For Bon Appetit, by Emily Farris.
Have a grill? Put an egg on it. Really. An outdoor alternative to hard-boiled eggs, grilled eggs are a great side dish to serve at a cookout, and they’re a perfect topper for a fresh summer salad. They’re also ridiculously easy to make: you just put a raw egg, in the shell, on the grill for about 10 minutes. Then it’s done.
“For the most part, whatever you can cook on the stove or in the oven, you can cook on the grill,” says Kyle Hopkins, a grilling enthusiast in Kansas City, MO, who introduced me to grilled eggs.
Now for some disclosure: Kyle is my husband and he came upon grilled eggs somewhat by accident — and definitely inebriated.
That was a few summers ago when our chickens (RIP) were giving us six eggs a day and we were always looking for new ways to use them. And unless there’s three feet of snow on the ground or hurricane-like conditions, when Kyle cooks, it’s on the Weber or the Big Green Egg. So, one evening, as he was working his way through a six pack and letting some pork chops rest, he placed a few eggs directly on the grill grates, put the lid on, and left it alone for about 10 minutes to see what would happen.
To our surprise, the eggs were perfectly cooked and slightly smoky, with semi-soft yolks. They even had grill marks, but not where you’d expect. While the shells got a little darker (and some got spotty) each egg had two small spots on the white where it had made contact with the hot grates that were only visible once the shell had been peeled.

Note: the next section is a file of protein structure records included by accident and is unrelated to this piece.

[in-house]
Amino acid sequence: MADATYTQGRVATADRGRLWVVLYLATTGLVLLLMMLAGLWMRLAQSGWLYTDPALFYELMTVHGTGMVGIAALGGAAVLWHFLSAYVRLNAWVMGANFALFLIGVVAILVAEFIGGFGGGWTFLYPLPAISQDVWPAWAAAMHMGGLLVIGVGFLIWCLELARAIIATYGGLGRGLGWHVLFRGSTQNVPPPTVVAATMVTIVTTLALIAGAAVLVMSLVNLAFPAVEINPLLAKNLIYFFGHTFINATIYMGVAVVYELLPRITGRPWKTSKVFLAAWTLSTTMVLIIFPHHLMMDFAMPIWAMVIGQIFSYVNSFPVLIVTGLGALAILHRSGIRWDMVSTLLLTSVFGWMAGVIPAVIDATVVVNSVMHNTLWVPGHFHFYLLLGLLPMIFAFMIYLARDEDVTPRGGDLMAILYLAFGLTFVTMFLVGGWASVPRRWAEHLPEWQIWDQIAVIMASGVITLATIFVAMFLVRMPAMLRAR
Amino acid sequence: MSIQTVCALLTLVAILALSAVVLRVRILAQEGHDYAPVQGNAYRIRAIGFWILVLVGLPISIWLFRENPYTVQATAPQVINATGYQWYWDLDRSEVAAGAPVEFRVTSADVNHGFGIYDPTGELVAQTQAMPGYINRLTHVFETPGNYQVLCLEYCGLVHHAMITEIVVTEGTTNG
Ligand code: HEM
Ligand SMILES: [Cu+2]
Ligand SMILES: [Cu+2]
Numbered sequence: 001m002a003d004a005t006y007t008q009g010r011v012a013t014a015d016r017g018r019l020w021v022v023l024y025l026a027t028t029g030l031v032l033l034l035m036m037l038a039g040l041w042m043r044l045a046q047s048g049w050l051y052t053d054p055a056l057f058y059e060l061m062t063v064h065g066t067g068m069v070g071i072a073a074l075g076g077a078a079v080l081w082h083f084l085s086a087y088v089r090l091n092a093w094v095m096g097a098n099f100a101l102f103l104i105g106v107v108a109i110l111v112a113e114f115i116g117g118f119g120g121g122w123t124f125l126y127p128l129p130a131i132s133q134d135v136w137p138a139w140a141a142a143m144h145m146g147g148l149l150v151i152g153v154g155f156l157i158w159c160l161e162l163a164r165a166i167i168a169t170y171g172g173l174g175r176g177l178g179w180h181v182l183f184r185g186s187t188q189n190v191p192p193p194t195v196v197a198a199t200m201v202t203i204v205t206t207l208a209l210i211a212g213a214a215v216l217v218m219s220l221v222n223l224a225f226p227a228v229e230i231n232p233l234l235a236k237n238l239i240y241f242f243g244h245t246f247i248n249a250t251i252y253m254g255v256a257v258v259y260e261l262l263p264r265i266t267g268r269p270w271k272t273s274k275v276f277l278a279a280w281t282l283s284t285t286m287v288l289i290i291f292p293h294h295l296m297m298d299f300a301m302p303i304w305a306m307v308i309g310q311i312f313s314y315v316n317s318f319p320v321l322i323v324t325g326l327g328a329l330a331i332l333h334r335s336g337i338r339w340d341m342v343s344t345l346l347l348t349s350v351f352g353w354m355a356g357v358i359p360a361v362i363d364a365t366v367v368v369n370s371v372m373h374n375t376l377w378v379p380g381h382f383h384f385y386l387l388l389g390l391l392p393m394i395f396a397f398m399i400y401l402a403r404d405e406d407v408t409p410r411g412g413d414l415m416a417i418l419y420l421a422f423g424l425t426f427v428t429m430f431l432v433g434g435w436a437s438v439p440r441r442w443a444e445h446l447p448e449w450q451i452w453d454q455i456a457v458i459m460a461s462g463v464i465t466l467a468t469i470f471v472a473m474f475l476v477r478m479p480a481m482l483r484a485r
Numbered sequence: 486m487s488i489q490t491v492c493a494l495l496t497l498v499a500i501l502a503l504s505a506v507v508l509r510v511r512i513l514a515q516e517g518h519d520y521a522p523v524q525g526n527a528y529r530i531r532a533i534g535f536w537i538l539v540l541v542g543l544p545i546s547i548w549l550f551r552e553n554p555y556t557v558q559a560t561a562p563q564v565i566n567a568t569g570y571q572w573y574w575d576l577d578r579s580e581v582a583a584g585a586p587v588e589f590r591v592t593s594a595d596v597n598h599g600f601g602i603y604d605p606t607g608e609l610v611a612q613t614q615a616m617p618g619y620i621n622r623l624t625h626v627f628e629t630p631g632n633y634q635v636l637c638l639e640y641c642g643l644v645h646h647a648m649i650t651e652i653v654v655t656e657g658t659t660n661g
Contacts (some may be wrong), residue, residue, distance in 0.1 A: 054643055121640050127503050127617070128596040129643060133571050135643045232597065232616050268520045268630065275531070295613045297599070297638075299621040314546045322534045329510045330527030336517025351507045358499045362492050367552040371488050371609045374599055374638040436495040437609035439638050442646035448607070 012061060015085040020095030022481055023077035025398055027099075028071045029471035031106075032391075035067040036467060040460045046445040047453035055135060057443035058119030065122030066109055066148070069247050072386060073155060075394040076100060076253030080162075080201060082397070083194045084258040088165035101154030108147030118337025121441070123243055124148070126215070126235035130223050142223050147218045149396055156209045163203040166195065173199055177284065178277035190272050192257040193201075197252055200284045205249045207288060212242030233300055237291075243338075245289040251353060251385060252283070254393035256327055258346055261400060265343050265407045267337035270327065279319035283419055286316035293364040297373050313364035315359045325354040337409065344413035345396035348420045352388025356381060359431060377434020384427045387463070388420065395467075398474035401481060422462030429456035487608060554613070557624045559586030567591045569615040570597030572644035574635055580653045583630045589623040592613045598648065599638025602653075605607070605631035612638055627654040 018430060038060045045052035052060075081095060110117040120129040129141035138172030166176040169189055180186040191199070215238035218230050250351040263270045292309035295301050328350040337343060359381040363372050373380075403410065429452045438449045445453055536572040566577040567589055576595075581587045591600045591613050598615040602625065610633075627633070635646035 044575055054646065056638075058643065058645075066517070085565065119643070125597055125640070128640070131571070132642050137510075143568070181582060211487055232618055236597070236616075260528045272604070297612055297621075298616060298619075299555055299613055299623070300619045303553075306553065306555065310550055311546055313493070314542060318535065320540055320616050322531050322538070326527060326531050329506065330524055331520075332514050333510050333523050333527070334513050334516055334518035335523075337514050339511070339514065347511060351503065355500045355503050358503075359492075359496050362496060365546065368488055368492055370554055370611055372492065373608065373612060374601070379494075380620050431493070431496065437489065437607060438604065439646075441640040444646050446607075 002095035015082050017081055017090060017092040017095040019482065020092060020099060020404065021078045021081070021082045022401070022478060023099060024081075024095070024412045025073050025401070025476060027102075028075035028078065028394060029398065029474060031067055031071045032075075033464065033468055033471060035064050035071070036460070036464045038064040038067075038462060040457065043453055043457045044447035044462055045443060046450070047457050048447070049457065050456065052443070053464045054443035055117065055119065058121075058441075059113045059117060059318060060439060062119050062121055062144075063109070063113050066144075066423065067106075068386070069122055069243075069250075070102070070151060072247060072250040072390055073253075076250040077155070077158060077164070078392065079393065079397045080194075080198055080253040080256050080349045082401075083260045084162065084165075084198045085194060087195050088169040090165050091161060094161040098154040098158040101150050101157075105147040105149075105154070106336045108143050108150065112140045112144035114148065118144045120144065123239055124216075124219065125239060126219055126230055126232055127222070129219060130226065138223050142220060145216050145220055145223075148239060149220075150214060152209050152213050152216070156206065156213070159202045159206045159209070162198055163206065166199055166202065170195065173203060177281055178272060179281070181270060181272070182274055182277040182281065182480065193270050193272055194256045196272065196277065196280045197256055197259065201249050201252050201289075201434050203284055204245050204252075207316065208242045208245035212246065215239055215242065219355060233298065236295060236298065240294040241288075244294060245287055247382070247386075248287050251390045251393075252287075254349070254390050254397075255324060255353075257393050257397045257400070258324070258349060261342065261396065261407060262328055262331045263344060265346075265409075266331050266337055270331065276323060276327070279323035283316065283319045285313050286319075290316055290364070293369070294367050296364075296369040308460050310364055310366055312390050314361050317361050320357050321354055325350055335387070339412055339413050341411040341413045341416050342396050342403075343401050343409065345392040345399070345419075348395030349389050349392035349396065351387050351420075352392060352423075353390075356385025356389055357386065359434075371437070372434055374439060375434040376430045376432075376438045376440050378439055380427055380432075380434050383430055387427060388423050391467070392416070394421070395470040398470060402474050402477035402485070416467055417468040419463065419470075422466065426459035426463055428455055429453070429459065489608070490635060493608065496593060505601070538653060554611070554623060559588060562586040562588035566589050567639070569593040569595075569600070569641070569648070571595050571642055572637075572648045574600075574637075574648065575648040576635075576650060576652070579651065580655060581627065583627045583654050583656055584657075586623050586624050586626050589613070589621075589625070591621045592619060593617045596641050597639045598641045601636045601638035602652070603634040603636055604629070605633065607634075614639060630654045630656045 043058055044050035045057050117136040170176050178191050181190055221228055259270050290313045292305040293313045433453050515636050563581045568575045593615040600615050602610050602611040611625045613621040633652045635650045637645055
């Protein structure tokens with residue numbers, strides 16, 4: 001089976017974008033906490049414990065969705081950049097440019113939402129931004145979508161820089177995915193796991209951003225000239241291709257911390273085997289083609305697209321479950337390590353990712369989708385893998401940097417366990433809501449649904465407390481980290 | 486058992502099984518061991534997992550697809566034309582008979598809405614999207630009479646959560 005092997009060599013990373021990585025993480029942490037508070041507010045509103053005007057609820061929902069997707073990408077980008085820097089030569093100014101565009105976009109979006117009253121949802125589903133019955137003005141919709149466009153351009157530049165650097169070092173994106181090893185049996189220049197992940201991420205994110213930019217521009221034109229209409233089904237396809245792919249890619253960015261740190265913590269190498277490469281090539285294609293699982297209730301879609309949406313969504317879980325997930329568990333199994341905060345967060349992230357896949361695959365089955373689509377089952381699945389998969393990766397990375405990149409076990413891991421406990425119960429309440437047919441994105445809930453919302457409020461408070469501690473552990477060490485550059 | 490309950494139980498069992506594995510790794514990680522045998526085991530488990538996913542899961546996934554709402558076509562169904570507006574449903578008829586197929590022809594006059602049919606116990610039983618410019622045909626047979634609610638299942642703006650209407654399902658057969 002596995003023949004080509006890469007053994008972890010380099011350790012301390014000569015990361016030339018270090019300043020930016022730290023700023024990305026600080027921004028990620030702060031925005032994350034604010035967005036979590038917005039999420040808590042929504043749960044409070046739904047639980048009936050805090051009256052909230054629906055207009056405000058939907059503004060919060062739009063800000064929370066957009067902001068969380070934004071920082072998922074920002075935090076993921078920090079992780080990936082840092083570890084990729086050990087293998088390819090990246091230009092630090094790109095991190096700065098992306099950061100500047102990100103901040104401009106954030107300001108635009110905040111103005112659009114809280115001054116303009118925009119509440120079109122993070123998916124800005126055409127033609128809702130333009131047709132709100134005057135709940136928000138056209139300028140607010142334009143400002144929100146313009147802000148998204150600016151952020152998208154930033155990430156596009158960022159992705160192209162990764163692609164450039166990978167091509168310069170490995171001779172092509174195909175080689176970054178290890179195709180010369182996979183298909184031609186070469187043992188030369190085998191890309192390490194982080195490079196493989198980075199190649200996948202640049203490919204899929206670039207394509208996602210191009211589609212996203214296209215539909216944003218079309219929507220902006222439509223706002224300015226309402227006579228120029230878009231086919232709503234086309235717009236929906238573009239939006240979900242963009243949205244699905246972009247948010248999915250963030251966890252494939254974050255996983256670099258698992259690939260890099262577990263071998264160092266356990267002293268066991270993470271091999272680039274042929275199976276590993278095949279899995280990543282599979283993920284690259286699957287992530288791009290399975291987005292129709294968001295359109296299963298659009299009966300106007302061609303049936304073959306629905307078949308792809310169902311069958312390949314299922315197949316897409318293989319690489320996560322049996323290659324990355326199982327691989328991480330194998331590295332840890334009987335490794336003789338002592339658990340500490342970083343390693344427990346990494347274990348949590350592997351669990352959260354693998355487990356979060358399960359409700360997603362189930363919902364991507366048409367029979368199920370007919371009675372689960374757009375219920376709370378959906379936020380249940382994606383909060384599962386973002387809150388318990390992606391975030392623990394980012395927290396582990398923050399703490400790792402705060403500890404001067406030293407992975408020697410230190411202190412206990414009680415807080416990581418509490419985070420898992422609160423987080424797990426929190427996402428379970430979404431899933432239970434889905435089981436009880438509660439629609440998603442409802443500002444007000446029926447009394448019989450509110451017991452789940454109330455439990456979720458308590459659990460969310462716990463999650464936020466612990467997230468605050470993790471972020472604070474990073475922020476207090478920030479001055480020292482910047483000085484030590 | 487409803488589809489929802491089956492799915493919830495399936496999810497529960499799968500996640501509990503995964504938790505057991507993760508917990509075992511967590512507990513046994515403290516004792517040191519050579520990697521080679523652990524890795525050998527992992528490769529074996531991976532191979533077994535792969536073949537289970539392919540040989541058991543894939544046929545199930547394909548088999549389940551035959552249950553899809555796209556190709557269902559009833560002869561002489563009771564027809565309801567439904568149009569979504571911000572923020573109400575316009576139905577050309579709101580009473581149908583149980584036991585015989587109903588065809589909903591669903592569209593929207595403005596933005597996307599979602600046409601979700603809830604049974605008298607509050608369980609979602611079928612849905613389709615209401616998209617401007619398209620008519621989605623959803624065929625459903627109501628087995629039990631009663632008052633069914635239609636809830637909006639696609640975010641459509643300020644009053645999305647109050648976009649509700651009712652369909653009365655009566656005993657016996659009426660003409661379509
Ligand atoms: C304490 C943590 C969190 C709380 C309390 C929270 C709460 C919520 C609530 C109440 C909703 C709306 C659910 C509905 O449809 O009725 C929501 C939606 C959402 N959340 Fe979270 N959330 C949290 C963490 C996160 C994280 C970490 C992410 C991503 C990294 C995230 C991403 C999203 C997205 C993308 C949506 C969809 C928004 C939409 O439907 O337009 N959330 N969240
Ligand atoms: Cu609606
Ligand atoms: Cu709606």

“To our surprise, the eggs were perfectly cooked and slightly smoky, with semi-soft yolks. They even had grill marks, but not where you’d expect”
We split those first grilled eggs over salads and never looked back. Now, whenever we have the grill going, we throw a few eggs on at the end. Not only are they more flavorful than hard-boiled eggs, they’re a pretty impressive backyard party trick. And unlike smoked eggs, which take at least two hours to cook, grilled eggs are done in 6 to 14 minutes, depending how jammy you like your yolk.
There’s always room for error when grilling. No matter how you cook eggs, it’s easy to overdo it. But unlike hard-boiling, if an egg on the grill gets too hot — either from being too close to the fire or cooking too long — the shell will crack right open. This doesn’t make the egg inedible, but the white along the crack will get a little rubbery. Like hard-boiled eggs, grilled eggs will continue to cook once removed from the heat, so they should go in an ice bath for a few minutes, which also makes them easier to peel.
If you already have a fire going, there’s really no reason not to try grilled eggs. And until this whole thing catches on, you can even pretend it was your own drunken idea.
Perfect hard-boiled eggs, every time:
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